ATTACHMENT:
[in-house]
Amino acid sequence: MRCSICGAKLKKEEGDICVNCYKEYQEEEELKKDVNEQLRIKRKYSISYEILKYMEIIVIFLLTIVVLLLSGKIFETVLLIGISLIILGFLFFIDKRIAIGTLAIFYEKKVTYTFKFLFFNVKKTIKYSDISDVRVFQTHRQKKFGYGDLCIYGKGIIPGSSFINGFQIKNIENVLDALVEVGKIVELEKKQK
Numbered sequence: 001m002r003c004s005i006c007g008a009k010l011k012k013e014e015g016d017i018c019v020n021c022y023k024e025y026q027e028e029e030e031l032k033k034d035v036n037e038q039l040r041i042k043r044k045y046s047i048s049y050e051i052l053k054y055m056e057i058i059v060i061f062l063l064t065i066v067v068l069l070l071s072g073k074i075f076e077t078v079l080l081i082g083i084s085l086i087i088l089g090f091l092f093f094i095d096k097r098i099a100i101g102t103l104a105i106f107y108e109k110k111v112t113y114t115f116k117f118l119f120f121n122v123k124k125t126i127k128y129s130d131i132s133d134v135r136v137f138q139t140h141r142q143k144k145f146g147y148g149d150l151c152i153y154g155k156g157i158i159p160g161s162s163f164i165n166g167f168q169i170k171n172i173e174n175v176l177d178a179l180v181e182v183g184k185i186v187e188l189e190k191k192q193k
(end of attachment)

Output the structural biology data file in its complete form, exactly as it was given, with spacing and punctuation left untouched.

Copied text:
[in-house]
Amino acid sequence: MRCSICGAKLKKEEGDICVNCYKEYQEEEELKKDVNEQLRIKRKYSISYEILKYMEIIVIFLLTIVVLLLSGKIFETVLLIGISLIILGFLFFIDKRIAIGTLAIFYEKKVTYTFKFLFFNVKKTIKYSDISDVRVFQTHRQKKFGYGDLCIYGKGIIPGSSFINGFQIKNIENVLDALVEVGKIVELEKKQK
Numbered sequence: 001m002r003c004s005i006c007g008a009k010l011k012k013e014e015g016d017i018c019v020n021c022y023k024e025y026q027e028e029e030e031l032k033k034d035v036n037e038q039l040r041i042k043r044k045y046s047i048s049y050e051i052l053k054y055m056e057i058i059v060i061f062l063l064t065i066v067v068l069l070l071s072g073k074i075f076e077t078v079l080l081i082g083i084s085l086i087i088l089g090f091l092f093f094i095d096k097r098i099a100i101g102t103l104a105i106f107y108e109k110k111v112t113y114t115f116k117f118l119f120f121n122v123k124k125t126i127k128y129s130d131i132s133d134v135r136v137f138q139t140h141r142q143k144k145f146g147y148g149d150l151c152i153y154g155k156g157i158i159p160g161s162s163f164i165n166g167f168q169i170k171n172i173e174n175v176l177d178a179l180v181e182v183g184k185i186v187e188l189e190k191k192q193k